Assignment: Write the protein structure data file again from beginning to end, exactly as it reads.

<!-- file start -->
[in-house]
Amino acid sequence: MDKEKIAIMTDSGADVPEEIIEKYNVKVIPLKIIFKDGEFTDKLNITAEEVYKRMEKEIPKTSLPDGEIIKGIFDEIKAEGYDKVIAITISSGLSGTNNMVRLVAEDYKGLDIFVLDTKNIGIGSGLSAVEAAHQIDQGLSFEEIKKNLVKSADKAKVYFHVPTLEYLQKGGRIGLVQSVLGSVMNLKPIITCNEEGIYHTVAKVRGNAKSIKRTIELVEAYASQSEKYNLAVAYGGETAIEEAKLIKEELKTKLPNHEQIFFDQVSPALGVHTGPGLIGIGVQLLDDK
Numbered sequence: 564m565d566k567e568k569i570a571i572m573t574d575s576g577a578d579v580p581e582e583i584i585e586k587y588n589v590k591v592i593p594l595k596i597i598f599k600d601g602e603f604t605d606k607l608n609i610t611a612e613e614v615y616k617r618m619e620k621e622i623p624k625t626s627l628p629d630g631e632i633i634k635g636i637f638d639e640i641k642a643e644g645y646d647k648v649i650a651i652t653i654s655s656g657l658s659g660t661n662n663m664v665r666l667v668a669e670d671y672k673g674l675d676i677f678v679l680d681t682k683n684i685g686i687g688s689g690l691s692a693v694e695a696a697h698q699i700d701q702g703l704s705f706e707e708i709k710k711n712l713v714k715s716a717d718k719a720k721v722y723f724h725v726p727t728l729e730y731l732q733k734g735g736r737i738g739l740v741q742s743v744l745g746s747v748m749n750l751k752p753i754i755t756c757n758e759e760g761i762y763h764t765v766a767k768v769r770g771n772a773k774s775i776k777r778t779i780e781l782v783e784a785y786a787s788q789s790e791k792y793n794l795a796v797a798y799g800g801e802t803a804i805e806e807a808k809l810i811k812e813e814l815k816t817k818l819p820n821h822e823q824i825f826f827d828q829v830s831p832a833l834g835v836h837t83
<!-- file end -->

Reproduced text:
[in-house]
Amino acid sequence: MDKEKIAIMTDSGADVPEEIIEKYNVKVIPLKIIFKDGEFTDKLNITAEEVYKRMEKEIPKTSLPDGEIIKGIFDEIKAEGYDKVIAITISSGLSGTNNMVRLVAEDYKGLDIFVLDTKNIGIGSGLSAVEAAHQIDQGLSFEEIKKNLVKSADKAKVYFHVPTLEYLQKGGRIGLVQSVLGSVMNLKPIITCNEEGIYHTVAKVRGNAKSIKRTIELVEAYASQSEKYNLAVAYGGETAIEEAKLIKEELKTKLPNHEQIFFDQVSPALGVHTGPGLIGIGVQLLDDK
Numbered sequence: 564m565d566k567e568k569i570a571i572m573t574d575s576g577a578d579v580p581e582e583i584i585e586k587y588n589v590k591v592i593p594l595k596i597i598f599k600d601g602e603f604t605d606k607l608n609i610t611a612e613e614v615y616k617r618m619e620k621e622i623p624k625t626s627l628p629d630g631e632i633i634k635g636i637f638d639e640i641k642a643e644g645y646d647k648v649i650a651i652t653i654s655s656g657l658s659g660t661n662n663m664v665r666l667v668a669e670d671y672k673g674l675d676i677f678v679l680d681t682k683n684i685g686i687g688s689g690l691s692a693v694e695a696a697h698q699i700d701q702g703l704s705f706e707e708i709k710k711n712l713v714k715s716a717d718k719a720k721v722y723f724h725v726p727t728l729e730y731l732q733k734g735g736r737i738g739l740v741q742s743v744l745g746s747v748m749n750l751k752p753i754i755t756c757n758e759e760g761i762y763h764t765v766a767k768v769r770g771n772a773k774s775i776k777r778t779i780e781l782v783e784a785y786a787s788q789s790e791k792y793n794l795a796v797a798y799g800g801e802t803a804i805e806e807a808k809l810i811k812e813e814l815k816t817k818l819p820n821h822e823q824i825f826f827d828q829v830s831p832a833l834g835v836h837t83